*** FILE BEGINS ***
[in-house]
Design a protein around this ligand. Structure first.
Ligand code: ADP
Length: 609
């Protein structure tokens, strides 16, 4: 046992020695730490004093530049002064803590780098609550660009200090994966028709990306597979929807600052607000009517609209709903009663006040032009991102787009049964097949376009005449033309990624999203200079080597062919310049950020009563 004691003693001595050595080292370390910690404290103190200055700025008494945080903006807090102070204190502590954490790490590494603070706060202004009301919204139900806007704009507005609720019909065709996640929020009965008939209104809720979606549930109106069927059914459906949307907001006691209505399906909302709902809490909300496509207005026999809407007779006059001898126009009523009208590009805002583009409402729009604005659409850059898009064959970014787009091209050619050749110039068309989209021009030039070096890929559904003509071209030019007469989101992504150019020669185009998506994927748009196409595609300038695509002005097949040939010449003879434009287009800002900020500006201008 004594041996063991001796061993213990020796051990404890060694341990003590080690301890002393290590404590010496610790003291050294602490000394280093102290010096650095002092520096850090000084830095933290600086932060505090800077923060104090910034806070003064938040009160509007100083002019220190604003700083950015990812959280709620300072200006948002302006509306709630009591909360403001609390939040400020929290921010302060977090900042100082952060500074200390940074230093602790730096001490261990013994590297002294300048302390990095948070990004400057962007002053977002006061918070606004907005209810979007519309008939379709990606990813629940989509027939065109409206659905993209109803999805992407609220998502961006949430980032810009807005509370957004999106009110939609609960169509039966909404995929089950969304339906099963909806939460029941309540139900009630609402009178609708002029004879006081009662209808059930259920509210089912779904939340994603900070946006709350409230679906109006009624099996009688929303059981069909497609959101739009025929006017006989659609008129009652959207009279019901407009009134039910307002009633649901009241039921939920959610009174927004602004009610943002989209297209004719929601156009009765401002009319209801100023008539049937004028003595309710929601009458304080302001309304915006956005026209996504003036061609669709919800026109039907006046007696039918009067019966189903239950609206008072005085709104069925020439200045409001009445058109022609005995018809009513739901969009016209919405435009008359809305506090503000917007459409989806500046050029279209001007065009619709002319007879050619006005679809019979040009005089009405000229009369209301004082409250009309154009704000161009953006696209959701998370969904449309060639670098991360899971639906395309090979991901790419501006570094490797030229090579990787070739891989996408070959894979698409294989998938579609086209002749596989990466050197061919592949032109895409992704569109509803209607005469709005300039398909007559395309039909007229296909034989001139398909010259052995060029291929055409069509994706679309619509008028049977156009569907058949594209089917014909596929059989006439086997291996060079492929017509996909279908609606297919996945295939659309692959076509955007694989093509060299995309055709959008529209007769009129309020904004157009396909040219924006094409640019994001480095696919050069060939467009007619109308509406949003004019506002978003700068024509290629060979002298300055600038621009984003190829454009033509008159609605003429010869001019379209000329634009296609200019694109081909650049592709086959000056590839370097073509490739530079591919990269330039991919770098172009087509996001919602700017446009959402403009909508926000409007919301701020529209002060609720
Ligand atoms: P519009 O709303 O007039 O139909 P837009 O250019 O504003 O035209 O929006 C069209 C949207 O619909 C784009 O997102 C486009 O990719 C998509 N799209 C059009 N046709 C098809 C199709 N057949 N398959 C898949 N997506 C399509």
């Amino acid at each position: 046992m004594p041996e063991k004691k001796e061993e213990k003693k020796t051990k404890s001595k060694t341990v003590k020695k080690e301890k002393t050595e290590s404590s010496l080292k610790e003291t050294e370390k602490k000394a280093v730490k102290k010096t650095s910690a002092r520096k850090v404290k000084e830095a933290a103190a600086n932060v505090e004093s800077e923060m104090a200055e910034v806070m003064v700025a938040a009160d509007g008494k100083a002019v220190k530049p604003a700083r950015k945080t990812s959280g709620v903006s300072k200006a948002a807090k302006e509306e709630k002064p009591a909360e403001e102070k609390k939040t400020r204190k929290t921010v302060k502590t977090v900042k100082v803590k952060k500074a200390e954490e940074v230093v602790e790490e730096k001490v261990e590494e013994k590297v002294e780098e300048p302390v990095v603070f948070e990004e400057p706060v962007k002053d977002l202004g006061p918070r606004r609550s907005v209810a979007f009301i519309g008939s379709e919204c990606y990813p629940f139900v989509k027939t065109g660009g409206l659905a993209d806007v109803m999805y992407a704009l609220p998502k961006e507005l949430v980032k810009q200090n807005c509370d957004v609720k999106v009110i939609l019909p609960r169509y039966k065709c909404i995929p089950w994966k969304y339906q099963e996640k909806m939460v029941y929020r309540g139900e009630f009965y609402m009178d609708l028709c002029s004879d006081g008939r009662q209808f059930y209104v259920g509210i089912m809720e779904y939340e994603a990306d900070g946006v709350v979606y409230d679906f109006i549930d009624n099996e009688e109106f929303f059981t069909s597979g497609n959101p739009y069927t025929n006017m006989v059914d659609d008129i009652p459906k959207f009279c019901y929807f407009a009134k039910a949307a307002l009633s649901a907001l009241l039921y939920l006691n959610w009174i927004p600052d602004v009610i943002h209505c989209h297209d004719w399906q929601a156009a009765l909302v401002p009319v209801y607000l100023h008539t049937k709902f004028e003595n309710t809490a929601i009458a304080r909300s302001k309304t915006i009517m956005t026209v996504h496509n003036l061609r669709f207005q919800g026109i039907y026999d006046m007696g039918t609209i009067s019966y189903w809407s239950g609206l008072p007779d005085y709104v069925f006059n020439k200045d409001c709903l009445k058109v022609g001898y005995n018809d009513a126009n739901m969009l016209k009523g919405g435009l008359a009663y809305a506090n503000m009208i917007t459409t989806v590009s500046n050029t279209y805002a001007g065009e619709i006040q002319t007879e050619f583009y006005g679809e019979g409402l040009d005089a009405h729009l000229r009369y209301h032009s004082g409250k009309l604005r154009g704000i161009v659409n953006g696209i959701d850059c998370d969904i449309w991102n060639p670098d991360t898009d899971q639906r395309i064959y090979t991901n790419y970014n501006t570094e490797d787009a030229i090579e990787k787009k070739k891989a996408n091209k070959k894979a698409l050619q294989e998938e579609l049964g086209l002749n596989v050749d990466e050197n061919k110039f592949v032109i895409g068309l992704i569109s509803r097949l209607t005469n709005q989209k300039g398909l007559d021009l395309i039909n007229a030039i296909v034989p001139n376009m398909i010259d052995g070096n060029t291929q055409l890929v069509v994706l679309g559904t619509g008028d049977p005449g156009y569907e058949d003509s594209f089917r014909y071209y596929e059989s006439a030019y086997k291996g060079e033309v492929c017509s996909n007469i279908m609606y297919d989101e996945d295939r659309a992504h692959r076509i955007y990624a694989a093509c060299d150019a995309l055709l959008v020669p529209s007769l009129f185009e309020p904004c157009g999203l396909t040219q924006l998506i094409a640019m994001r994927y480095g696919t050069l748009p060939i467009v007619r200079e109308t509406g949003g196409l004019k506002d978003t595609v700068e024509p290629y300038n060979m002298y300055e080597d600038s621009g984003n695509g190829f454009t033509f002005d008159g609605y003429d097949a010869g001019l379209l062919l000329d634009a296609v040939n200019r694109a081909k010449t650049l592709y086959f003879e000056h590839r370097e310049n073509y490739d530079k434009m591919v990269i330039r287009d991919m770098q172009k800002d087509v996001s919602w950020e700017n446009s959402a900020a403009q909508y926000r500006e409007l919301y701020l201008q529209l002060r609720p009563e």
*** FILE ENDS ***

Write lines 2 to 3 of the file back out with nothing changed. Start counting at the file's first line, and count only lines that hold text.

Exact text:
Design a protein around this ligand. Structure first.
Ligand code: ADP